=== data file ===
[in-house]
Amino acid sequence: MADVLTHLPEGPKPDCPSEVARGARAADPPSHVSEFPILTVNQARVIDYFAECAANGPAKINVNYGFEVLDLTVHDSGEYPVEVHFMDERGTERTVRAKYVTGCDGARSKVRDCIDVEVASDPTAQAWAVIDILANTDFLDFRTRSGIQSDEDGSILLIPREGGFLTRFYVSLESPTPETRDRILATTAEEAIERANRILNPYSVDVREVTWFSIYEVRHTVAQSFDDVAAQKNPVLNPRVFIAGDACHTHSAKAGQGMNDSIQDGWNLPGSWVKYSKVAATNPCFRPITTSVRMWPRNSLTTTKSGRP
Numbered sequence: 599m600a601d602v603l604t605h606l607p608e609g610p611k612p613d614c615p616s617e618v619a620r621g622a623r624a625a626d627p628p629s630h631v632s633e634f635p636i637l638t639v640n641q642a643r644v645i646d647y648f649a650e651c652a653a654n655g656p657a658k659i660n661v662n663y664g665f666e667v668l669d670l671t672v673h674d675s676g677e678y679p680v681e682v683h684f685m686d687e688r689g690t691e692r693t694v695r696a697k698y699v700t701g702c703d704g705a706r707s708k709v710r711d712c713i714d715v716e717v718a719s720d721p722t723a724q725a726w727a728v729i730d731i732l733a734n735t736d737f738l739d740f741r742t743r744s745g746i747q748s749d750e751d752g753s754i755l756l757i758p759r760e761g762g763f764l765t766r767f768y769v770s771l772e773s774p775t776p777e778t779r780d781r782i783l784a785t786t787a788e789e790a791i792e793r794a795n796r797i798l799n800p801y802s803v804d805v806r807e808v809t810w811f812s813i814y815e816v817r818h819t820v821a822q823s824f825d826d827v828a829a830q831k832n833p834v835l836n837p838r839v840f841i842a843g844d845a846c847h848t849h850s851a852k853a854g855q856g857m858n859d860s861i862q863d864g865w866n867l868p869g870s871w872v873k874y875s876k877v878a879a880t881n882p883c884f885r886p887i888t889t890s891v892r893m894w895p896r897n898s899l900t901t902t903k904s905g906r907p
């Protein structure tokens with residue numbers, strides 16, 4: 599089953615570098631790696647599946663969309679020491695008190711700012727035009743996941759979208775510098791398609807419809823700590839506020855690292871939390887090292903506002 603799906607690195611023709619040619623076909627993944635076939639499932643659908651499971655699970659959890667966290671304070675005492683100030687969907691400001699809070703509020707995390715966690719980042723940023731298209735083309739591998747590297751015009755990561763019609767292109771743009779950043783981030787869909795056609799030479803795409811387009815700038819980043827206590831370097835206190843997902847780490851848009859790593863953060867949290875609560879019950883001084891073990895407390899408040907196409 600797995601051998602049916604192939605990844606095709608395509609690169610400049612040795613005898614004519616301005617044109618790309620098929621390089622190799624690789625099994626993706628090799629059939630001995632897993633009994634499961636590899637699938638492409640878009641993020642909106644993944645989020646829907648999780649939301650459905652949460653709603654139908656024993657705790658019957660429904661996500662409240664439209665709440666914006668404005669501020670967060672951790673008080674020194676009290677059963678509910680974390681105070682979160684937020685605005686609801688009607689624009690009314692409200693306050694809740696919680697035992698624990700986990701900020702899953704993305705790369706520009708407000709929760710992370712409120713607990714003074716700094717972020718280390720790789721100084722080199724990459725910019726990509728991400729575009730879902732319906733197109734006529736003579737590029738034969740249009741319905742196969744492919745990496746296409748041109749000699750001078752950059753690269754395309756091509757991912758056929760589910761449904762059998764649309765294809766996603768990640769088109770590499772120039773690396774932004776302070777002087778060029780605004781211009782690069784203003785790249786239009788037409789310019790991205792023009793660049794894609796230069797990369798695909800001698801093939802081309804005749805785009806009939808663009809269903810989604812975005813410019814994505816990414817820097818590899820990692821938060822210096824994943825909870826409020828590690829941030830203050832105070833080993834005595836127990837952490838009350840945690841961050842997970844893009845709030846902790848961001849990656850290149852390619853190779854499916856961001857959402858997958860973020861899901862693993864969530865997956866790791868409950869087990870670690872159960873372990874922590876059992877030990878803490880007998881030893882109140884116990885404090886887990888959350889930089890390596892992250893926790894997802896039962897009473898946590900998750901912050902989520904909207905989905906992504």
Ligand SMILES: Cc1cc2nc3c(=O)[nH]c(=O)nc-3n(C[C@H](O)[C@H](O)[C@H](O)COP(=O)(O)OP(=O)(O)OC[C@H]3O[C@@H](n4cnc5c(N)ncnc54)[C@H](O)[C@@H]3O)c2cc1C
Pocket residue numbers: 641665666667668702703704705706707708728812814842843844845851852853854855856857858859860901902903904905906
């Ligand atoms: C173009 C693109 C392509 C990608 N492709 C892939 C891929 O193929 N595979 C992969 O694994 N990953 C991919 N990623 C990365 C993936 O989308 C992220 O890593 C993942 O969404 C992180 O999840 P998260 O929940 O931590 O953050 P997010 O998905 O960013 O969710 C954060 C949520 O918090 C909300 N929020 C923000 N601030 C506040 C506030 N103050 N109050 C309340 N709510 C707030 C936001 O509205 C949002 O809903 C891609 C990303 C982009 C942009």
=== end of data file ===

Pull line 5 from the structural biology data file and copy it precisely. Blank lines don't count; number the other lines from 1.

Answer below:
Ligand SMILES: Cc1cc2nc3c(=O)[nH]c(=O)nc-3n(C[C@H](O)[C@H](O)[C@H](O)COP(=O)(O)OP(=O)(O)OC[C@H]3O[C@@H](n4cnc5c(N)ncnc54)[C@H](O)[C@@H]3O)c2cc1C